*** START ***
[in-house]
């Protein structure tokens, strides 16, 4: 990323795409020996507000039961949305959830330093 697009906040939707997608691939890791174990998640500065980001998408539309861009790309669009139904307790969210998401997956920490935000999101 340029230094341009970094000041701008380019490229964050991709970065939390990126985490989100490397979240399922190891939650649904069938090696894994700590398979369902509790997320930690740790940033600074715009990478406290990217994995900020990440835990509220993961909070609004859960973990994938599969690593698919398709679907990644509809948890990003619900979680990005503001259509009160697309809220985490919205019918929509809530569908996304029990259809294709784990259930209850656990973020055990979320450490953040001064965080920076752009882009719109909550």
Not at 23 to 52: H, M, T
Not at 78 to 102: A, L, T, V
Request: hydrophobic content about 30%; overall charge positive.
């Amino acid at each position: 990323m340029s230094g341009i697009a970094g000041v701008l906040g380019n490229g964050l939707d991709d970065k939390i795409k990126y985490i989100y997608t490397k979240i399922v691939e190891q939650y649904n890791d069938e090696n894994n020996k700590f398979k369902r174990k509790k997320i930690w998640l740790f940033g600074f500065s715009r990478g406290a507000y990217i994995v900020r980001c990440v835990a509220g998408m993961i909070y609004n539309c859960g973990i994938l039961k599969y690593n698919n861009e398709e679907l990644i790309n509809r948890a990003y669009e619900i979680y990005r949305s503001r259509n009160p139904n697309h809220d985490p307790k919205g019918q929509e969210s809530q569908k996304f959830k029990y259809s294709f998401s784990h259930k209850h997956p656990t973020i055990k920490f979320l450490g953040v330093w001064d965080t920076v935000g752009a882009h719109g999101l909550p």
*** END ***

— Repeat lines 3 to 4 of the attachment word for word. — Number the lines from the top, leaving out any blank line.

Not at 23 to 52: H, M, T
Not at 78 to 102: A, L, T, V